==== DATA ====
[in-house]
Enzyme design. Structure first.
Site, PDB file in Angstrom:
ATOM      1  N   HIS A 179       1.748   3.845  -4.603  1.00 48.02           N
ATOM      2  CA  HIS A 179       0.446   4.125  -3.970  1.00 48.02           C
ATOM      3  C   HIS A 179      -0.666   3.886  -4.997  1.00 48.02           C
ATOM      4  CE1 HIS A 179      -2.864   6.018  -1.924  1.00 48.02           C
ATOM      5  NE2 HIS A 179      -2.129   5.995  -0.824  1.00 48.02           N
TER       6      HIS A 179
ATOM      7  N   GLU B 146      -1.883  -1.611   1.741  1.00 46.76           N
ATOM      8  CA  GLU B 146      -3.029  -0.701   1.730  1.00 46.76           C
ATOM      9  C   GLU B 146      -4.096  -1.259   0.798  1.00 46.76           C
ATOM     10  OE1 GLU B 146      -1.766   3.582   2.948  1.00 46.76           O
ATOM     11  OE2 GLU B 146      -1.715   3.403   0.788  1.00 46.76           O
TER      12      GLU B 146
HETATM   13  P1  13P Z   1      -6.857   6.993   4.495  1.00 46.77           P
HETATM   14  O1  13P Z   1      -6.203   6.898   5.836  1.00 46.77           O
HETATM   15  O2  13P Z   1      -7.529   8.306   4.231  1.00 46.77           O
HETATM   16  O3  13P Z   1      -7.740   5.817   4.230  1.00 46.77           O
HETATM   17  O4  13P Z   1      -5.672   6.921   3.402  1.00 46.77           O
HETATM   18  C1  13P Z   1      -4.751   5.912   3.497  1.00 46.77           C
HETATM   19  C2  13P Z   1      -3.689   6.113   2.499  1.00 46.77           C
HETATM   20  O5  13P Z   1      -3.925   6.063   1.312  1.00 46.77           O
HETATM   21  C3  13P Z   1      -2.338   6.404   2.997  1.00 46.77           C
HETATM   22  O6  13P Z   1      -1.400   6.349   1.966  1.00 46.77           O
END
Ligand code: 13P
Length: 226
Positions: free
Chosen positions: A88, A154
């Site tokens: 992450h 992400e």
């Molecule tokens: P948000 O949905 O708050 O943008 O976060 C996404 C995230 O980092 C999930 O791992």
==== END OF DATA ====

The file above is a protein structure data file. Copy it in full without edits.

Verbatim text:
[in-house]
Enzyme design. Structure first.
Site, PDB file in Angstrom:
ATOM      1  N   HIS A 179       1.748   3.845  -4.603  1.00 48.02           N
ATOM      2  CA  HIS A 179       0.446   4.125  -3.970  1.00 48.02           C
ATOM      3  C   HIS A 179      -0.666   3.886  -4.997  1.00 48.02           C
ATOM      4  CE1 HIS A 179      -2.864   6.018  -1.924  1.00 48.02           C
ATOM      5  NE2 HIS A 179      -2.129   5.995  -0.824  1.00 48.02           N
TER       6      HIS A 179
ATOM      7  N   GLU B 146      -1.883  -1.611   1.741  1.00 46.76           N
ATOM      8  CA  GLU B 146      -3.029  -0.701   1.730  1.00 46.76           C
ATOM      9  C   GLU B 146      -4.096  -1.259   0.798  1.00 46.76           C
ATOM     10  OE1 GLU B 146      -1.766   3.582   2.948  1.00 46.76           O
ATOM     11  OE2 GLU B 146      -1.715   3.403   0.788  1.00 46.76           O
TER      12      GLU B 146
HETATM   13  P1  13P Z   1      -6.857   6.993   4.495  1.00 46.77           P
HETATM   14  O1  13P Z   1      -6.203   6.898   5.836  1.00 46.77           O
HETATM   15  O2  13P Z   1      -7.529   8.306   4.231  1.00 46.77           O
HETATM   16  O3  13P Z   1      -7.740   5.817   4.230  1.00 46.77           O
HETATM   17  O4  13P Z   1      -5.672   6.921   3.402  1.00 46.77           O
HETATM   18  C1  13P Z   1      -4.751   5.912   3.497  1.00 46.77           C
HETATM   19  C2  13P Z   1      -3.689   6.113   2.499  1.00 46.77           C
HETATM   20  O5  13P Z   1      -3.925   6.063   1.312  1.00 46.77           O
HETATM   21  C3  13P Z   1      -2.338   6.404   2.997  1.00 46.77           C
HETATM   22  O6  13P Z   1      -1.400   6.349   1.966  1.00 46.77           O
END
Ligand code: 13P
Length: 226
Positions: free
Chosen positions: A88, A154
């Site tokens: 992450h 992400e």
């Molecule tokens: P948000 O949905 O708050 O943008 O976060 C996404 C995230 O980092 C999930 O791992």